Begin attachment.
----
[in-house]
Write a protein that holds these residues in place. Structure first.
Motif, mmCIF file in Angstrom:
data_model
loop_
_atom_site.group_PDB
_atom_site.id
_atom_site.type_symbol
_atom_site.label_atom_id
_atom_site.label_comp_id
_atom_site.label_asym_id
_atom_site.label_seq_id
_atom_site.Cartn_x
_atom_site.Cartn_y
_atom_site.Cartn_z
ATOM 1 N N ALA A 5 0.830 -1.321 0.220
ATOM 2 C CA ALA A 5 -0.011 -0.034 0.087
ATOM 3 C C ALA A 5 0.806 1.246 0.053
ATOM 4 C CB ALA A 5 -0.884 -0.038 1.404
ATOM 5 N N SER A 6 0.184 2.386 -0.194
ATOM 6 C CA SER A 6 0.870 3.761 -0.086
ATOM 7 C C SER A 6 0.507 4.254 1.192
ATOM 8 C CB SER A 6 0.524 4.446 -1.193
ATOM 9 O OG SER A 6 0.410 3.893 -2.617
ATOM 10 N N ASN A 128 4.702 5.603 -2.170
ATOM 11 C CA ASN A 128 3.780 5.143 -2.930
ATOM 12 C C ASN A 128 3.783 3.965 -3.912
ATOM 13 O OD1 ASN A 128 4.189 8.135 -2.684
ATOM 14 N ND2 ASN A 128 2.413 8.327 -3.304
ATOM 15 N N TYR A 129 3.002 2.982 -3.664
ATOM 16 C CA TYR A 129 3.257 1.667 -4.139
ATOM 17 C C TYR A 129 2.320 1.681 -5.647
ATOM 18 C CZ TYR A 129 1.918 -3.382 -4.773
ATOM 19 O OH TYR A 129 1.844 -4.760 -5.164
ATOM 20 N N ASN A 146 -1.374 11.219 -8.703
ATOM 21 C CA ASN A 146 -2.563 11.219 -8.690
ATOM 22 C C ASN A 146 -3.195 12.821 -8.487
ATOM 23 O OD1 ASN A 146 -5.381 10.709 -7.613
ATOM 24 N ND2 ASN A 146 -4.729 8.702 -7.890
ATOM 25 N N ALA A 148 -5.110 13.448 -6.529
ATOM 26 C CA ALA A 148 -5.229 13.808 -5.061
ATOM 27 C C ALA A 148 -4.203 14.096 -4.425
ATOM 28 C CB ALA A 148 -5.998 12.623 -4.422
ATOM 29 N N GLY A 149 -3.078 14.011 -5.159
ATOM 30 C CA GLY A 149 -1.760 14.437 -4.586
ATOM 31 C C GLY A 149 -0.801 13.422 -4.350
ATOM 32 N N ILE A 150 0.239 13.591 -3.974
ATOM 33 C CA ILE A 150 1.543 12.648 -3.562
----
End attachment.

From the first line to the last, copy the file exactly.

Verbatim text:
[in-house]
Write a protein that holds these residues in place. Structure first.
Motif, mmCIF file in Angstrom:
data_model
loop_
_atom_site.group_PDB
_atom_site.id
_atom_site.type_symbol
_atom_site.label_atom_id
_atom_site.label_comp_id
_atom_site.label_asym_id
_atom_site.label_seq_id
_atom_site.Cartn_x
_atom_site.Cartn_y
_atom_site.Cartn_z
ATOM 1 N N ALA A 5 0.830 -1.321 0.220
ATOM 2 C CA ALA A 5 -0.011 -0.034 0.087
ATOM 3 C C ALA A 5 0.806 1.246 0.053
ATOM 4 C CB ALA A 5 -0.884 -0.038 1.404
ATOM 5 N N SER A 6 0.184 2.386 -0.194
ATOM 6 C CA SER A 6 0.870 3.761 -0.086
ATOM 7 C C SER A 6 0.507 4.254 1.192
ATOM 8 C CB SER A 6 0.524 4.446 -1.193
ATOM 9 O OG SER A 6 0.410 3.893 -2.617
ATOM 10 N N ASN A 128 4.702 5.603 -2.170
ATOM 11 C CA ASN A 128 3.780 5.143 -2.930
ATOM 12 C C ASN A 128 3.783 3.965 -3.912
ATOM 13 O OD1 ASN A 128 4.189 8.135 -2.684
ATOM 14 N ND2 ASN A 128 2.413 8.327 -3.304
ATOM 15 N N TYR A 129 3.002 2.982 -3.664
ATOM 16 C CA TYR A 129 3.257 1.667 -4.139
ATOM 17 C C TYR A 129 2.320 1.681 -5.647
ATOM 18 C CZ TYR A 129 1.918 -3.382 -4.773
ATOM 19 O OH TYR A 129 1.844 -4.760 -5.164
ATOM 20 N N ASN A 146 -1.374 11.219 -8.703
ATOM 21 C CA ASN A 146 -2.563 11.219 -8.690
ATOM 22 C C ASN A 146 -3.195 12.821 -8.487
ATOM 23 O OD1 ASN A 146 -5.381 10.709 -7.613
ATOM 24 N ND2 ASN A 146 -4.729 8.702 -7.890
ATOM 25 N N ALA A 148 -5.110 13.448 -6.529
ATOM 26 C CA ALA A 148 -5.229 13.808 -5.061
ATOM 27 C C ALA A 148 -4.203 14.096 -4.425
ATOM 28 C CB ALA A 148 -5.998 12.623 -4.422
ATOM 29 N N GLY A 149 -3.078 14.011 -5.159
ATOM 30 C CA GLY A 149 -1.760 14.437 -4.586
ATOM 31 C C GLY A 149 -0.801 13.422 -4.350
ATOM 32 N N ILE A 150 0.239 13.591 -3.974
ATOM 33 C CA ILE A 150 1.543 12.648 -3.562